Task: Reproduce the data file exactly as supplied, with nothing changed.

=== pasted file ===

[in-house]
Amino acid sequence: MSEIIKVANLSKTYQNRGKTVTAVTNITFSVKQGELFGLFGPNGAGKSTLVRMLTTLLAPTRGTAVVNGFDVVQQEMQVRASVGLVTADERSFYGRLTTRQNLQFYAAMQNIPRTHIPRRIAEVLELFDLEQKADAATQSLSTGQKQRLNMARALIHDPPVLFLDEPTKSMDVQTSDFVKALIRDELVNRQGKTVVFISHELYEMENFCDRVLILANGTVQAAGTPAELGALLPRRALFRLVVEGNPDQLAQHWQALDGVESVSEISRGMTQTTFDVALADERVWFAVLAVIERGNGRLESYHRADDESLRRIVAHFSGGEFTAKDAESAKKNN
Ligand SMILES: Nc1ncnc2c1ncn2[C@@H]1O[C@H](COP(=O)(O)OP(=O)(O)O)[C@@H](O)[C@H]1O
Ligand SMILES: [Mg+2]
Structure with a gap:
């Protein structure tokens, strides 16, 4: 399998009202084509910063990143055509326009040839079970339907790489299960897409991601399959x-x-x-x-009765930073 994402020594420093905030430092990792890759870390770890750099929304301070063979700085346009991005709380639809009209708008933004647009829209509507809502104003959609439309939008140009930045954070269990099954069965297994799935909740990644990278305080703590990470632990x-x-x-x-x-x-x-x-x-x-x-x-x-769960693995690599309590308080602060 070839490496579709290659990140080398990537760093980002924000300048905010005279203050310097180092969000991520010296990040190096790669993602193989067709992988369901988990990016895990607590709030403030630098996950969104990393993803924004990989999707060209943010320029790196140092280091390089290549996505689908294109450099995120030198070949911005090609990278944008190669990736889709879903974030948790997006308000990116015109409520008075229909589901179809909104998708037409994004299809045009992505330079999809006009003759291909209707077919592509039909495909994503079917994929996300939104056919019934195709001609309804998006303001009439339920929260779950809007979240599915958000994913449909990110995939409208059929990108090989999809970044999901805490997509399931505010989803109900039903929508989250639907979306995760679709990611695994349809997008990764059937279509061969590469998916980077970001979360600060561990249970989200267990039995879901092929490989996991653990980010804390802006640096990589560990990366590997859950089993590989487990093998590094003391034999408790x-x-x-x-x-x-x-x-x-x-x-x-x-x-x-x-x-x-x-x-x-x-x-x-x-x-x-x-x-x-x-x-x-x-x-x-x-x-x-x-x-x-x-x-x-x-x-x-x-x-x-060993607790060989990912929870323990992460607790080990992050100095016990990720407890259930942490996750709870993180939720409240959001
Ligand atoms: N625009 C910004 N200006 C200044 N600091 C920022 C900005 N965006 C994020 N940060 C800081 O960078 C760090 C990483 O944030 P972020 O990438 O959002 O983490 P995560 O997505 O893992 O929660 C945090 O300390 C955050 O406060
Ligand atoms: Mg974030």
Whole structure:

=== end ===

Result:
[in-house]
Amino acid sequence: MSEIIKVANLSKTYQNRGKTVTAVTNITFSVKQGELFGLFGPNGAGKSTLVRMLTTLLAPTRGTAVVNGFDVVQQEMQVRASVGLVTADERSFYGRLTTRQNLQFYAAMQNIPRTHIPRRIAEVLELFDLEQKADAATQSLSTGQKQRLNMARALIHDPPVLFLDEPTKSMDVQTSDFVKALIRDELVNRQGKTVVFISHELYEMENFCDRVLILANGTVQAAGTPAELGALLPRRALFRLVVEGNPDQLAQHWQALDGVESVSEISRGMTQTTFDVALADERVWFAVLAVIERGNGRLESYHRADDESLRRIVAHFSGGEFTAKDAESAKKNN
Ligand SMILES: Nc1ncnc2c1ncn2[C@@H]1O[C@H](COP(=O)(O)OP(=O)(O)O)[C@@H](O)[C@H]1O
Ligand SMILES: [Mg+2]
Structure with a gap:
């Protein structure tokens, strides 16, 4: 399998009202084509910063990143055509326009040839079970339907790489299960897409991601399959x-x-x-x-009765930073 994402020594420093905030430092990792890759870390770890750099929304301070063979700085346009991005709380639809009209708008933004647009829209509507809502104003959609439309939008140009930045954070269990099954069965297994799935909740990644990278305080703590990470632990x-x-x-x-x-x-x-x-x-x-x-x-x-769960693995690599309590308080602060 070839490496579709290659990140080398990537760093980002924000300048905010005279203050310097180092969000991520010296990040190096790669993602193989067709992988369901988990990016895990607590709030403030630098996950969104990393993803924004990989999707060209943010320029790196140092280091390089290549996505689908294109450099995120030198070949911005090609990278944008190669990736889709879903974030948790997006308000990116015109409520008075229909589901179809909104998708037409994004299809045009992505330079999809006009003759291909209707077919592509039909495909994503079917994929996300939104056919019934195709001609309804998006303001009439339920929260779950809007979240599915958000994913449909990110995939409208059929990108090989999809970044999901805490997509399931505010989803109900039903929508989250639907979306995760679709990611695994349809997008990764059937279509061969590469998916980077970001979360600060561990249970989200267990039995879901092929490989996991653990980010804390802006640096990589560990990366590997859950089993590989487990093998590094003391034999408790x-x-x-x-x-x-x-x-x-x-x-x-x-x-x-x-x-x-x-x-x-x-x-x-x-x-x-x-x-x-x-x-x-x-x-x-x-x-x-x-x-x-x-x-x-x-x-x-x-x-x-060993607790060989990912929870323990992460607790080990992050100095016990990720407890259930942490996750709870993180939720409240959001
Ligand atoms: N625009 C910004 N200006 C200044 N600091 C920022 C900005 N965006 C994020 N940060 C800081 O960078 C760090 C990483 O944030 P972020 O990438 O959002 O983490 P995560 O997505 O893992 O929660 C945090 O300390 C955050 O406060
Ligand atoms: Mg974030």
Whole structure: